While Long Island was spared the wrath of Hurricane Florence, which made landfall in North Carolina as a Category 1 storm, the Atlantic’s six-month hurricane season is far from over.
While this season has been relatively quiet so far, forecasters are predicting it will pick up before its official close at the end of November.
Here are some things that Long Islanders can do to protect themselves and their homes from damage if a powerful storm comes our way.
Dawn Vanterpool, manager of Home Depot in Commack, advises residents to set up a watertight emergency storage bin stocked with necessities such as flashlights, batteries, water and backup cellphone batteries.
“We know as soon as the news of a storm hits, people hit the store,” Vanterpool says. If you prepare early, she says, “you can avoid that crunch.”
Tarps to cover air conditioning units can help keep water from getting into your home, she said. For those with central air conditioning, “After Sandy, some customers have requested the unit be raised off the ground,” Vanterpool says.
To prevent minor basement seepage, homeowners can use a product such as Drylok, an interior latex paint, to waterproof some basement walls, she says.
Look into getting a generator — either a whole-house generator or one to power small appliances, like the refrigerator -- well in advance of a storm, Vanterpool says, and make sure to keep it outside the home to prevent carbon monoxide poisoning.
Falling trees regularly kill people and damage property during hurricanes. Consider hiring an arborist in advance of the next storm to check the health of trees, particularly ones that are close to the house.
Gil Shemtov, an agent with Douglas Elliman Real Estate in Long Beach, says common-sense precautions for those in the path of a severe storm include boarding up windows and piling up sandbags at doorways to prevent water from entering the house.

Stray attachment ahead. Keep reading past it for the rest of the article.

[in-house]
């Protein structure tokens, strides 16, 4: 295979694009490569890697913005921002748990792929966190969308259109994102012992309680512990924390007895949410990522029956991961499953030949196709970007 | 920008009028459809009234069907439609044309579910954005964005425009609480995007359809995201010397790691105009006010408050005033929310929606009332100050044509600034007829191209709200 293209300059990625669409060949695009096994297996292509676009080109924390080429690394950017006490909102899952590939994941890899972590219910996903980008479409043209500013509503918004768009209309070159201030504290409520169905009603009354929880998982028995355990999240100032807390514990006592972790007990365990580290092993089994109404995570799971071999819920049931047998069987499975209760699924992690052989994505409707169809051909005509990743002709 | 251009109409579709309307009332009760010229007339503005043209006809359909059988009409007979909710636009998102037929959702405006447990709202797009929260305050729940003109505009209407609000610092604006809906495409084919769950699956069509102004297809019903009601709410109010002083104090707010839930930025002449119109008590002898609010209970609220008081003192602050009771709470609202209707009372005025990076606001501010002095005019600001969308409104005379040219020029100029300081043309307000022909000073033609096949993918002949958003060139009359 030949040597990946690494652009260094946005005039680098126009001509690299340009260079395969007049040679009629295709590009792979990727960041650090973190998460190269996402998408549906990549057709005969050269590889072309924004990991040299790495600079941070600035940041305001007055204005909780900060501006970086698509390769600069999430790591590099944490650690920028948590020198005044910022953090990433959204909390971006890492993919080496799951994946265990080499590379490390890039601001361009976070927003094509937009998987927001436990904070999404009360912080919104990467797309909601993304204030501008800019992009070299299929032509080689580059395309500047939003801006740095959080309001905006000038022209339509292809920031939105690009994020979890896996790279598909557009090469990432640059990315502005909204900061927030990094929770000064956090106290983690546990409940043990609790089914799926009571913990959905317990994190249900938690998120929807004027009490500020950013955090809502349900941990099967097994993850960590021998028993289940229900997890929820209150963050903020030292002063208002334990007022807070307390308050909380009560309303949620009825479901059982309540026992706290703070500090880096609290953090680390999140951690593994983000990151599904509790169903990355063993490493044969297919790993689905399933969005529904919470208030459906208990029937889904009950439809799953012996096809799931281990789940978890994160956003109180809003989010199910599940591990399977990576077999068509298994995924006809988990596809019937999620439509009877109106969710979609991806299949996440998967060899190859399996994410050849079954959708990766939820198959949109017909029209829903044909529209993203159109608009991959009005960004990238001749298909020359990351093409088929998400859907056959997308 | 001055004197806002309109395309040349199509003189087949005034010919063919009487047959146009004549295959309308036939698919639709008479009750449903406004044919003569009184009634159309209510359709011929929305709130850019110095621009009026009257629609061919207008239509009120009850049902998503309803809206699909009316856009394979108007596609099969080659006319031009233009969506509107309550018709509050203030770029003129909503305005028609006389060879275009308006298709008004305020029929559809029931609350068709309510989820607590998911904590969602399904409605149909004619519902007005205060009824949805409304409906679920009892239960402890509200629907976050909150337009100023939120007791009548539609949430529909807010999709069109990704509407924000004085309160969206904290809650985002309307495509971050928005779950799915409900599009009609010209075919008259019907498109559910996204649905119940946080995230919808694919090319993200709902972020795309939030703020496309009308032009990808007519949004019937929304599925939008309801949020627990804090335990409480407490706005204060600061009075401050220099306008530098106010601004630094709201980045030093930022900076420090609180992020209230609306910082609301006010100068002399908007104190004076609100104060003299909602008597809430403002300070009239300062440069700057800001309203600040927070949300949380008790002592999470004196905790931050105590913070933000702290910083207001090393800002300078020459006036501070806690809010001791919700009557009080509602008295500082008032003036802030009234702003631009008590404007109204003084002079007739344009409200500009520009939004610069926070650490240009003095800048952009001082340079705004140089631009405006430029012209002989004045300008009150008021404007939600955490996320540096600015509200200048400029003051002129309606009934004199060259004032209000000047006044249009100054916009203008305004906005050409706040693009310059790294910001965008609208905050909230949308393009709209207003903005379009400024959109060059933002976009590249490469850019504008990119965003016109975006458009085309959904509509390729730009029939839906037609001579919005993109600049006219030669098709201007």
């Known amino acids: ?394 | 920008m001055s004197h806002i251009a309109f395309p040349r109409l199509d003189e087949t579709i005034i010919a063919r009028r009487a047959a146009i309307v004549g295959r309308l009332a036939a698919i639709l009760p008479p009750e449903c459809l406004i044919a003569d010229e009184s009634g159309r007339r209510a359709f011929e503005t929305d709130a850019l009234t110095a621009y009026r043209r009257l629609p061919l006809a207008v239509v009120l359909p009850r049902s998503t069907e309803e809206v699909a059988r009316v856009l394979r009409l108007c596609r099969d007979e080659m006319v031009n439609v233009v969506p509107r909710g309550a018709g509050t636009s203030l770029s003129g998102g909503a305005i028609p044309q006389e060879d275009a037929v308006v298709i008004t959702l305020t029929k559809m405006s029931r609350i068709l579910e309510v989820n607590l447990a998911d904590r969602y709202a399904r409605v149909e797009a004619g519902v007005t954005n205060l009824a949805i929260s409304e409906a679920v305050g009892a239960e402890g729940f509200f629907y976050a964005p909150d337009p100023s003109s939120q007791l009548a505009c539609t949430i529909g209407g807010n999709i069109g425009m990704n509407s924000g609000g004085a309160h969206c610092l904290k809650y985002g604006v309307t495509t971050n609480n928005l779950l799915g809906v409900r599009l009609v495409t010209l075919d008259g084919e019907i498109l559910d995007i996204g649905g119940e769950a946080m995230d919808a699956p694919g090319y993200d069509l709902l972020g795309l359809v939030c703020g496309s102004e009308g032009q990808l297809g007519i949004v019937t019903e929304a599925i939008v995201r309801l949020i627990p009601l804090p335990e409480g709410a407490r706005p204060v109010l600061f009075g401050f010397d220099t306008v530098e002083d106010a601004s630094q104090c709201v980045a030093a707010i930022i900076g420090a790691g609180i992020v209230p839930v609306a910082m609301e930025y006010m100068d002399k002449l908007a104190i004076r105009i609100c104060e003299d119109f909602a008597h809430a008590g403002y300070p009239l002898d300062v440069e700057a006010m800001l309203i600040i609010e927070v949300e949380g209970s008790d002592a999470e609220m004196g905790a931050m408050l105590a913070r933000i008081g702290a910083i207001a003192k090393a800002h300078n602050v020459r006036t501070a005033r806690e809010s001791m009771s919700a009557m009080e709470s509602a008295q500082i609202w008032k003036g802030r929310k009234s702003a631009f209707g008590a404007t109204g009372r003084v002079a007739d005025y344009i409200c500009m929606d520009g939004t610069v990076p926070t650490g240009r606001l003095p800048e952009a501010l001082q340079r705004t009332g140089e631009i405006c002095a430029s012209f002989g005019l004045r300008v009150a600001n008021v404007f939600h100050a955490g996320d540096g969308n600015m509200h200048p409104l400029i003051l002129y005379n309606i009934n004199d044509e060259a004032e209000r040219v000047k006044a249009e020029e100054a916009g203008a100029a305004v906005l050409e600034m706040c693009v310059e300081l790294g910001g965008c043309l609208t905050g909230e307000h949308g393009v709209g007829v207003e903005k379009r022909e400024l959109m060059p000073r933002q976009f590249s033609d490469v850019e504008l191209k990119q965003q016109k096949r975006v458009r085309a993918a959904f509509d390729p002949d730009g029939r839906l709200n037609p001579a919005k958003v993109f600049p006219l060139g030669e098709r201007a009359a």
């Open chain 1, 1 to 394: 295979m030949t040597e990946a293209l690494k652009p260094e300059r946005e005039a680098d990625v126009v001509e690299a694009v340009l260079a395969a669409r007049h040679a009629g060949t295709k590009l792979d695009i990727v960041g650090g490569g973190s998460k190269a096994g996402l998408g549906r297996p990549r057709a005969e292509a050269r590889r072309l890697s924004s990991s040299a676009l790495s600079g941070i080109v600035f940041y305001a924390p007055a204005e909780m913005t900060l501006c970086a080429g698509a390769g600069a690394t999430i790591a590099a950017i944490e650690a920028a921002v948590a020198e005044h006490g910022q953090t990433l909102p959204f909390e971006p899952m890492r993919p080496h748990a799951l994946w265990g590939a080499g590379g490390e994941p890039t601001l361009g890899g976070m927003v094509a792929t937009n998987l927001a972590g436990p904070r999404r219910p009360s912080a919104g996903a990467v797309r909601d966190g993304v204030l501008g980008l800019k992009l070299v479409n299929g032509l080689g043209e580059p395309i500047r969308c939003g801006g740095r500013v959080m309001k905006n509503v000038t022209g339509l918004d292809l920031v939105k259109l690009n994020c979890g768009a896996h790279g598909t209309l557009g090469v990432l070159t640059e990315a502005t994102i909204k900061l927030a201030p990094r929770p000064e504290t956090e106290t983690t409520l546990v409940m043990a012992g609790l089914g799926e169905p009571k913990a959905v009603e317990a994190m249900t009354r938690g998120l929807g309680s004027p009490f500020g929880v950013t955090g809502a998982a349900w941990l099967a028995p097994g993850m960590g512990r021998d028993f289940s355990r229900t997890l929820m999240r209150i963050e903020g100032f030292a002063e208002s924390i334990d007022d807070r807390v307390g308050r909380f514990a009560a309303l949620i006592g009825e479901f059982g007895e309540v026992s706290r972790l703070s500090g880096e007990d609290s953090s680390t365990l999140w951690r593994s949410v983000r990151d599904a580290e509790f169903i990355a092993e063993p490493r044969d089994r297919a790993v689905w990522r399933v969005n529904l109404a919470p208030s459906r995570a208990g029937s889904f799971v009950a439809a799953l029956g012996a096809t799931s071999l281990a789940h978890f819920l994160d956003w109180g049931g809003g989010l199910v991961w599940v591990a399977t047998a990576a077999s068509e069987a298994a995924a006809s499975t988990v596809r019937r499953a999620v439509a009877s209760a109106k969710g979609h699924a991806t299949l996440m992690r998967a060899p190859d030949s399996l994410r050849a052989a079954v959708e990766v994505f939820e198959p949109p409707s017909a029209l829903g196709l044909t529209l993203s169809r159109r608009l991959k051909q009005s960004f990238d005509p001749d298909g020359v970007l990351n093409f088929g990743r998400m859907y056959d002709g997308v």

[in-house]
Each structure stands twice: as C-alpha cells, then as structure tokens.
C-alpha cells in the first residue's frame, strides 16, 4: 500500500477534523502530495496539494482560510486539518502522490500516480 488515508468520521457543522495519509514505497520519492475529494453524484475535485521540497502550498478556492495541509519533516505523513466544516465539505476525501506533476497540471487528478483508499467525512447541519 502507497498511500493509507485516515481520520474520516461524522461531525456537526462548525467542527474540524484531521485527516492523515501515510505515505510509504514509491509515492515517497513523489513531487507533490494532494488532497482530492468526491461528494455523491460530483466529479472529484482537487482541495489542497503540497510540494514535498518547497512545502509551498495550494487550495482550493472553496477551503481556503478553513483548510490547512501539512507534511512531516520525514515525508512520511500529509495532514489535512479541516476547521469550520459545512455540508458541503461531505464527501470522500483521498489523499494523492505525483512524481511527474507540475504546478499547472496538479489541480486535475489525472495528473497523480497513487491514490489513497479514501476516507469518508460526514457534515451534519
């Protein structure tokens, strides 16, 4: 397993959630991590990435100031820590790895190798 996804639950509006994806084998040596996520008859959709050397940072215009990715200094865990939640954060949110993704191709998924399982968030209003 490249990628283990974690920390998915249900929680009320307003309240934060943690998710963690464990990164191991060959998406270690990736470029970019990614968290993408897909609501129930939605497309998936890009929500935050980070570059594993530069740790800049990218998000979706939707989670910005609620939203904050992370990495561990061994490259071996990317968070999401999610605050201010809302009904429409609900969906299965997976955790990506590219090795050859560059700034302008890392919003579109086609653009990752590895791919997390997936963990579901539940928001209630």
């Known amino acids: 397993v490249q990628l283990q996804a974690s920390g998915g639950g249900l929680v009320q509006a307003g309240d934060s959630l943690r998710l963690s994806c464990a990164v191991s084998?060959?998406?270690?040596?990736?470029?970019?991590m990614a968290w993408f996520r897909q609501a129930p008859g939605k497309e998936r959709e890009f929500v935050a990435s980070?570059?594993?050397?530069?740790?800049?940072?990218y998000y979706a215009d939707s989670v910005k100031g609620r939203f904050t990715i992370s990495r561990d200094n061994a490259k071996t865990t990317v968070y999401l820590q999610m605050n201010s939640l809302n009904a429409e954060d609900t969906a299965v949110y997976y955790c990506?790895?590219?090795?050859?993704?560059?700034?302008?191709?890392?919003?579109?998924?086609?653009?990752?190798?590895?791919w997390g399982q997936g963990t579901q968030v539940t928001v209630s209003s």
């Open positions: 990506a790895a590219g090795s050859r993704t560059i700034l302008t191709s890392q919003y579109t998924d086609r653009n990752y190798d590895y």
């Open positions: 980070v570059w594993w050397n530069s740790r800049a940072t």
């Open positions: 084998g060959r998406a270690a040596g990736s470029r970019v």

Owners should also test generators and sump pumps and make sure there is enough gas on hand to power them, as demand will soar (and supplies dwindle) after a big storm.
Put away all outdoor furniture and anything that can blow around, including garbage cans, recycling bins and hanging flowerpots.
“The wind is as dangerous, if not more dangerous, than the water,” Shemtov says.
CHECK ON INSURANCE
After Sandy, Christina Shaw, an Allstate insurance agent in Wantagh, didn’t have access to her home for five weeks. She reminds homeowners to make sure they know the details of their homeowner’s insurance policy and whom to call in the event of a claim.
Homeowners should also keep in mind that many insurance companies institute a moratorium on policy changes in advance of a storm.
Buyers planning to close on a house around the time of storm may see their closing delayed in the event of a blackout period, as new homeowner’s insurance policies won’t be written, Shaw says.
If you need flood insurance, make sure you have it well in advance.
“Before weather hits, you should be having conversations with whoever your trusted adviser is to see if you have the right coverage,” Shaw says. “At any moment, our corporate headquarters could say there is a moratorium on changes. If you have a $2,000 deductible, they’re not going to let you change it.”